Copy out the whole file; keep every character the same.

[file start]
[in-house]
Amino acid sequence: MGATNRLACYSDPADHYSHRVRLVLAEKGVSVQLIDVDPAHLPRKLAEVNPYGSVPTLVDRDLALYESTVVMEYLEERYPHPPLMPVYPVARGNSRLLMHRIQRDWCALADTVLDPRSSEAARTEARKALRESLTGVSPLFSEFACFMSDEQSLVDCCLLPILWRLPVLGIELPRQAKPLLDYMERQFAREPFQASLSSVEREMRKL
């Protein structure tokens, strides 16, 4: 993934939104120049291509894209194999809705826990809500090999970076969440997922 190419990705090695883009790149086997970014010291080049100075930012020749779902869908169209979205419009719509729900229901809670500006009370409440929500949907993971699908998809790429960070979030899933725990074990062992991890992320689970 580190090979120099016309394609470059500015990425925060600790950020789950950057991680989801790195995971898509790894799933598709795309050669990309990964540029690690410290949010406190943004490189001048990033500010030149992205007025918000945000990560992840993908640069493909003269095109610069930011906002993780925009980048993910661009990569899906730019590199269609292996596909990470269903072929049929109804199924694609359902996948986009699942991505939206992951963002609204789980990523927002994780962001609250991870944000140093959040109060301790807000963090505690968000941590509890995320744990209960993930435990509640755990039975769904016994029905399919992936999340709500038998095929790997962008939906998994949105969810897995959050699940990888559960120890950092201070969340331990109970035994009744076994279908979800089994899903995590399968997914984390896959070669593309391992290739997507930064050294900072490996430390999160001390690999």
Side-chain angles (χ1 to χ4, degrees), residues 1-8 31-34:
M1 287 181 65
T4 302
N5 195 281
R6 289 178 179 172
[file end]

[in-house]
Amino acid sequence: MGATNRLACYSDPADHYSHRVRLVLAEKGVSVQLIDVDPAHLPRKLAEVNPYGSVPTLVDRDLALYESTVVMEYLEERYPHPPLMPVYPVARGNSRLLMHRIQRDWCALADTVLDPRSSEAARTEARKALRESLTGVSPLFSEFACFMSDEQSLVDCCLLPILWRLPVLGIELPRQAKPLLDYMERQFAREPFQASLSSVEREMRKL
């Protein structure tokens, strides 16, 4: 993934939104120049291509894209194999809705826990809500090999970076969440997922 190419990705090695883009790149086997970014010291080049100075930012020749779902869908169209979205419009719509729900229901809670500006009370409440929500949907993971699908998809790429960070979030899933725990074990062992991890992320689970 580190090979120099016309394609470059500015990425925060600790950020789950950057991680989801790195995971898509790894799933598709795309050669990309990964540029690690410290949010406190943004490189001048990033500010030149992205007025918000945000990560992840993908640069493909003269095109610069930011906002993780925009980048993910661009990569899906730019590199269609292996596909990470269903072929049929109804199924694609359902996948986009699942991505939206992951963002609204789980990523927002994780962001609250991870944000140093959040109060301790807000963090505690968000941590509890995320744990209960993930435990509640755990039975769904016994029905399919992936999340709500038998095929790997962008939906998994949105969810897995959050699940990888559960120890950092201070969340331990109970035994009744076994279908979800089994899903995590399968997914984390896959070669593309391992290739997507930064050294900072490996430390999160001390690999």
Side-chain angles (χ1 to χ4, degrees), residues 1-8 31-34:
M1 287 181 65
T4 302
N5 195 281
R6 289 178 179 172